Beyond the selling that is required to attract customers, you should also develop personal selling skills. You will need these in many situations, including persuading your teammates to join you, getting potential customers to give you a try, convincing suppliers to ship you raw material and cajoling investors to put up money.

“Everyone lives by selling something.” – Robert Louis Stevenson

The Art of Selling

If selling is an essential part of life, why is it that so many of us are afraid to sell? Are you afraid to sell? The fear of failure and being rejected undoubtedly plays a part.

Many people’s distaste may also come from having been sold something they did not want. The memory of having bought a used car from an old style car dealership may still haunt you. At that dealership, you were exhausted standing in the burning sun on a Saturday afternoon, sweating in your clothes on the hot pavement and most likely arguingwith a particularly persistent car salesman in a polyester suit. You can remember the haggling, with a gnawing certainty, that you were not getting a square deal. The salesperson knew he would never see you again and you just wanted to get it over with and run. This is called transactional selling and can often leave a bad taste.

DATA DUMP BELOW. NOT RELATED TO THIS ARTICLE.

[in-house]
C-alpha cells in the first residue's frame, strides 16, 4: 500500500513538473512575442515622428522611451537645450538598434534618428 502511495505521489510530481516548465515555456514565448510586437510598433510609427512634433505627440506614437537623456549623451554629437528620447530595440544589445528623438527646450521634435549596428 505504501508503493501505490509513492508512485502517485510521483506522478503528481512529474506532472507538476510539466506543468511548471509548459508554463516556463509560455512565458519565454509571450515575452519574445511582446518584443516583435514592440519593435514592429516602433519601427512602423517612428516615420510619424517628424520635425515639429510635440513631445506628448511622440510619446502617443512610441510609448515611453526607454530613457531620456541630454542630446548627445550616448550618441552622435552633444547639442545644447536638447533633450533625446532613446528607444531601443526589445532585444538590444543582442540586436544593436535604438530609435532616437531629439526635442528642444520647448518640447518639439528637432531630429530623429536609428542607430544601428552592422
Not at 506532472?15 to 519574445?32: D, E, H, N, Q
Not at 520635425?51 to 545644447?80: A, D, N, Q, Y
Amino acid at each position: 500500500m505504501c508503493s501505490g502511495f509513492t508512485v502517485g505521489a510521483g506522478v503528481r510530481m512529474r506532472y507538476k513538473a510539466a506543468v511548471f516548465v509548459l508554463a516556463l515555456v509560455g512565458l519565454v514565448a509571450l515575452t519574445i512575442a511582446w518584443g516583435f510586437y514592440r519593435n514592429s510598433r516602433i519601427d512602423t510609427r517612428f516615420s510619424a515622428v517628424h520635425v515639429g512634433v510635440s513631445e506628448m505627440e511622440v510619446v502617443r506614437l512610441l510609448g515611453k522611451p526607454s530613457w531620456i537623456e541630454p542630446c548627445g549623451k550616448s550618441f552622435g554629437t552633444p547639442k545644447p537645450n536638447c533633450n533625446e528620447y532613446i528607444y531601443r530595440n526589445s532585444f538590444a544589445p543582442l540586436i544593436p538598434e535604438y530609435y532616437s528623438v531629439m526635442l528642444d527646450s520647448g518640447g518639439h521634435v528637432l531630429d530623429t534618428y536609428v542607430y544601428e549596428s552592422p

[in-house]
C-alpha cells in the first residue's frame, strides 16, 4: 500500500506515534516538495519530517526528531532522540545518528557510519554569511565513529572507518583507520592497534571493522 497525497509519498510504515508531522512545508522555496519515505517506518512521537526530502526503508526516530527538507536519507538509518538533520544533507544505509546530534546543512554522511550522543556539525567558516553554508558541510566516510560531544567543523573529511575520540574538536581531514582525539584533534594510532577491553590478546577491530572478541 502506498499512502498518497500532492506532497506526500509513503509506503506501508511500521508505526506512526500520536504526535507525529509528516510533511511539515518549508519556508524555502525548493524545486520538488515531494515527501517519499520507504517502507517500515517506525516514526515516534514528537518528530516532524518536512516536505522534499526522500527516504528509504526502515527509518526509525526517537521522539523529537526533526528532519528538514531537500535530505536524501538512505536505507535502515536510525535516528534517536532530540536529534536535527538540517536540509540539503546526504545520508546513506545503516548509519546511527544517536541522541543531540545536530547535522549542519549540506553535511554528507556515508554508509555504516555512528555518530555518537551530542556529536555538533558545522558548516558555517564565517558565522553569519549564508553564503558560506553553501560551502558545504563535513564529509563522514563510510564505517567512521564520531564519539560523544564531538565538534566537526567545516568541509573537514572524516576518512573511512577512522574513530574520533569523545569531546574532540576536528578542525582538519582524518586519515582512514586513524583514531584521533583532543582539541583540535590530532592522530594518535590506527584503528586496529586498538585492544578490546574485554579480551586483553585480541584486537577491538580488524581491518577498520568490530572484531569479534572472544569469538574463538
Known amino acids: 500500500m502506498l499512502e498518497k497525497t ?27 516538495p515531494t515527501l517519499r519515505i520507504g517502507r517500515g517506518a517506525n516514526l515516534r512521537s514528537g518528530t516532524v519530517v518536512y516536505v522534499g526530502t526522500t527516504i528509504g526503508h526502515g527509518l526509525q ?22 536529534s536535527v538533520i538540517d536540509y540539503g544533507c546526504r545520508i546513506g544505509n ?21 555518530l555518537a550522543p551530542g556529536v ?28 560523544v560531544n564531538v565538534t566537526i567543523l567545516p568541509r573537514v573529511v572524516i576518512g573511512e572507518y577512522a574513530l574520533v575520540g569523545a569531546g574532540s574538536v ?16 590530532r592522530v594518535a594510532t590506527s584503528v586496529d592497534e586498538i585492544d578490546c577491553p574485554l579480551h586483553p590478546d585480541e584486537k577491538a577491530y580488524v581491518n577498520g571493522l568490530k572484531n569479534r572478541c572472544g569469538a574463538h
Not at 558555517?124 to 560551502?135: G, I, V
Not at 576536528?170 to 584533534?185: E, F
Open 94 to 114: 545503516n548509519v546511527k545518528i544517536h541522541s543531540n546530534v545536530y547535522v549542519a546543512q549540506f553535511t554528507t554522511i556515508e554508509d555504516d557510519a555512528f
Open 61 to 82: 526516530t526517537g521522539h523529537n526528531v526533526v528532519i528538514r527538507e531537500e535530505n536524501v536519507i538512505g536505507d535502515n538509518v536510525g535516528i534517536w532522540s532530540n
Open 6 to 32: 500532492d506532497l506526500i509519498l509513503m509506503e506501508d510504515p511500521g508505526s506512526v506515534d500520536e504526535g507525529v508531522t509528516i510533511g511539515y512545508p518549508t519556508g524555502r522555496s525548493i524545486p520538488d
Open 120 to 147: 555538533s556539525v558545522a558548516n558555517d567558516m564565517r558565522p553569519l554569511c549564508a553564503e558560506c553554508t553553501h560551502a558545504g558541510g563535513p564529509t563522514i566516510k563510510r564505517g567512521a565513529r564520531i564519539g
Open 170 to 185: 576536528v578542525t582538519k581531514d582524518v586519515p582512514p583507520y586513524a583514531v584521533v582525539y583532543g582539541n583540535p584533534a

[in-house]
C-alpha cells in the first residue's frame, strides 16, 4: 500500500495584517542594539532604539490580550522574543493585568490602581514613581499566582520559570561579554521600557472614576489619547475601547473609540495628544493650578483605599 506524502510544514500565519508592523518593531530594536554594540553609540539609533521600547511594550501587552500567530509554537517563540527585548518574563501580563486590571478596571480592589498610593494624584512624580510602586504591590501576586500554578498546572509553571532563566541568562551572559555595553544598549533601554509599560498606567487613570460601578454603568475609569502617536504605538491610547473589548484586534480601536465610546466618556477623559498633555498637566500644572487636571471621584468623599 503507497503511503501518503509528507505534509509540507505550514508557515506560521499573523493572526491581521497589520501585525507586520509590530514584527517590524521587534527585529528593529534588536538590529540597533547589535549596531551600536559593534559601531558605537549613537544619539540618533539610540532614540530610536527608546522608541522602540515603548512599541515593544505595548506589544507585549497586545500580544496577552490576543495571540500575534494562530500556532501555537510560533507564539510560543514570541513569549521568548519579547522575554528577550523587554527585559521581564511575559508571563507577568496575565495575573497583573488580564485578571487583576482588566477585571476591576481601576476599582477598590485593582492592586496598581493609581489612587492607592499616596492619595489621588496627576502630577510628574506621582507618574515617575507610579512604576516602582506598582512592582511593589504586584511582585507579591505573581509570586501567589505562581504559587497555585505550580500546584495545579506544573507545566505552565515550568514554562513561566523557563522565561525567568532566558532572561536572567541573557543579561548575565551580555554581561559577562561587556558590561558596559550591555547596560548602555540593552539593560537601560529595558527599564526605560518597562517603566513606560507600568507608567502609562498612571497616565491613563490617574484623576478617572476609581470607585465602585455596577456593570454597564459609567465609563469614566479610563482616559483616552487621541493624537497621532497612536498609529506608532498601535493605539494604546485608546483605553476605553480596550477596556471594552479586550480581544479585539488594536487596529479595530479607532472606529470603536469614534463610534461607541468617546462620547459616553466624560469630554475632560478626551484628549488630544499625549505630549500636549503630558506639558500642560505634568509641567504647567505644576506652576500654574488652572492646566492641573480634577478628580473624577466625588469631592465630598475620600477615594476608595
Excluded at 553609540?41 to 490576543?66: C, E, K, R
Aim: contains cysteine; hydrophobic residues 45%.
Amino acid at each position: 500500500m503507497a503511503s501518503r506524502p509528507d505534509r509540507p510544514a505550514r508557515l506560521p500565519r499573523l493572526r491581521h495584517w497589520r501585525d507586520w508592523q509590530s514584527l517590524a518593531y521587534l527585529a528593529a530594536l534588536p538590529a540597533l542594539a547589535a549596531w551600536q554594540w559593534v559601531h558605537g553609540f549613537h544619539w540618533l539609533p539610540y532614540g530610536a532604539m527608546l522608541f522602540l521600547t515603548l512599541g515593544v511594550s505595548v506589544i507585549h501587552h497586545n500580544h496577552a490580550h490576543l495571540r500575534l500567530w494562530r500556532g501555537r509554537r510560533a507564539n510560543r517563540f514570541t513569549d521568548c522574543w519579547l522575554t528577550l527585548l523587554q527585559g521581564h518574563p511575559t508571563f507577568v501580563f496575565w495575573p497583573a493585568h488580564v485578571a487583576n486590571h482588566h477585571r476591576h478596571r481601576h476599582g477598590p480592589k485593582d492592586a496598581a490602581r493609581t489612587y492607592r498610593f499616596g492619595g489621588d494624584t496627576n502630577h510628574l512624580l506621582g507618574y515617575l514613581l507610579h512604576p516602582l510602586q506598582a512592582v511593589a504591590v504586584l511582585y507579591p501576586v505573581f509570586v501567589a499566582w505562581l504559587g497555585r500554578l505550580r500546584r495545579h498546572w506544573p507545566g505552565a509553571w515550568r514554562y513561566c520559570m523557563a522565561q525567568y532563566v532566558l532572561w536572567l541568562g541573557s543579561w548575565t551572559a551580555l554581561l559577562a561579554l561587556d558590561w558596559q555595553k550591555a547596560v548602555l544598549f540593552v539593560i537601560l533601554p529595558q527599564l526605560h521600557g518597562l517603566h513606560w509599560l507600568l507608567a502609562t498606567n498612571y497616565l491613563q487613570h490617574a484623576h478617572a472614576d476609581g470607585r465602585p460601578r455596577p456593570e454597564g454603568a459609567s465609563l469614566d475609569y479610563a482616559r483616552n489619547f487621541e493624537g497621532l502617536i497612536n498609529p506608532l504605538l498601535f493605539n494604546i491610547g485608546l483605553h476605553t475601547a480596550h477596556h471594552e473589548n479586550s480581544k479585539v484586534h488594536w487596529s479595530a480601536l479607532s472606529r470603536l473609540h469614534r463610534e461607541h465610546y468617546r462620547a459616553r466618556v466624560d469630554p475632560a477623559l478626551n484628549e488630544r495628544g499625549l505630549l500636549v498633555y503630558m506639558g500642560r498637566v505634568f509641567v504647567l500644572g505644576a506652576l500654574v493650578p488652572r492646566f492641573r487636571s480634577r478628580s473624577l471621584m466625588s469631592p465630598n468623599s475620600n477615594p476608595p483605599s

Zig Ziglar suggests a different approach to selling. “How should you prospect? Display a genuine interest in the other person.” Let us call this relational selling. As the name implies, this philosophy entails developing a relationship.

Let us look at one of its key elements: